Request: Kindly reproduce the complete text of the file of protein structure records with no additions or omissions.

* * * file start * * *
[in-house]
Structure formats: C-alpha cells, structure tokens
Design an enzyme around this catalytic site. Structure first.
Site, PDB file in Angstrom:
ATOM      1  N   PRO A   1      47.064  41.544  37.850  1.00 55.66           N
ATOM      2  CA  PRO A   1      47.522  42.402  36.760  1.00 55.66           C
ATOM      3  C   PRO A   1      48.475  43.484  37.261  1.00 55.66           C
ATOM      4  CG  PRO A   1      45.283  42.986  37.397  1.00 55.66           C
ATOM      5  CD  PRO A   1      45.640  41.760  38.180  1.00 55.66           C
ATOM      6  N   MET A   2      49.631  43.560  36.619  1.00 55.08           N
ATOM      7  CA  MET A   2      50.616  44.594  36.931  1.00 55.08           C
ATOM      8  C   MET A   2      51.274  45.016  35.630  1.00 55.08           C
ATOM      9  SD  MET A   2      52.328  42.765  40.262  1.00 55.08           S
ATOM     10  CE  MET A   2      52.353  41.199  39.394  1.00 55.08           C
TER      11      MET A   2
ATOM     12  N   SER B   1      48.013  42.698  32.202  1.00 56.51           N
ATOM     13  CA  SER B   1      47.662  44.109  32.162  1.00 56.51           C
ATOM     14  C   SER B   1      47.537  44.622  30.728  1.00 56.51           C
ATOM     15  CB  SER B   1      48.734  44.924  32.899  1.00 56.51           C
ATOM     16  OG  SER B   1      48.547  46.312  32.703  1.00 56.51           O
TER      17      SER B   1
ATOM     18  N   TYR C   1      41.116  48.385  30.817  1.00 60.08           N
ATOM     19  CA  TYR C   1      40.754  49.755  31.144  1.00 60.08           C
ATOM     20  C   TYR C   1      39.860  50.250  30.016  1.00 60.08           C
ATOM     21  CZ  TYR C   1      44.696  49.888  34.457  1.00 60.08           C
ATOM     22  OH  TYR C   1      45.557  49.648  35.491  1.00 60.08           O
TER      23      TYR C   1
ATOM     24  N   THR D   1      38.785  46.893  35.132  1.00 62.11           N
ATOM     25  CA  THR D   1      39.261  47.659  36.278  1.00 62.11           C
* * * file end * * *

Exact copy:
[in-house]
Structure formats: C-alpha cells, structure tokens
Design an enzyme around this catalytic site. Structure first.
Site, PDB file in Angstrom:
ATOM      1  N   PRO A   1      47.064  41.544  37.850  1.00 55.66           N
ATOM      2  CA  PRO A   1      47.522  42.402  36.760  1.00 55.66           C
ATOM      3  C   PRO A   1      48.475  43.484  37.261  1.00 55.66           C
ATOM      4  CG  PRO A   1      45.283  42.986  37.397  1.00 55.66           C
ATOM      5  CD  PRO A   1      45.640  41.760  38.180  1.00 55.66           C
ATOM      6  N   MET A   2      49.631  43.560  36.619  1.00 55.08           N
ATOM      7  CA  MET A   2      50.616  44.594  36.931  1.00 55.08           C
ATOM      8  C   MET A   2      51.274  45.016  35.630  1.00 55.08           C
ATOM      9  SD  MET A   2      52.328  42.765  40.262  1.00 55.08           S
ATOM     10  CE  MET A   2      52.353  41.199  39.394  1.00 55.08           C
TER      11      MET A   2
ATOM     12  N   SER B   1      48.013  42.698  32.202  1.00 56.51           N
ATOM     13  CA  SER B   1      47.662  44.109  32.162  1.00 56.51           C
ATOM     14  C   SER B   1      47.537  44.622  30.728  1.00 56.51           C
ATOM     15  CB  SER B   1      48.734  44.924  32.899  1.00 56.51           C
ATOM     16  OG  SER B   1      48.547  46.312  32.703  1.00 56.51           O
TER      17      SER B   1
ATOM     18  N   TYR C   1      41.116  48.385  30.817  1.00 60.08           N
ATOM     19  CA  TYR C   1      40.754  49.755  31.144  1.00 60.08           C
ATOM     20  C   TYR C   1      39.860  50.250  30.016  1.00 60.08           C
ATOM     21  CZ  TYR C   1      44.696  49.888  34.457  1.00 60.08           C
ATOM     22  OH  TYR C   1      45.557  49.648  35.491  1.00 60.08           O
TER      23      TYR C   1
ATOM     24  N   THR D   1      38.785  46.893  35.132  1.00 62.11           N
ATOM     25  CA  THR D   1      39.261  47.659  36.278  1.00 62.11           C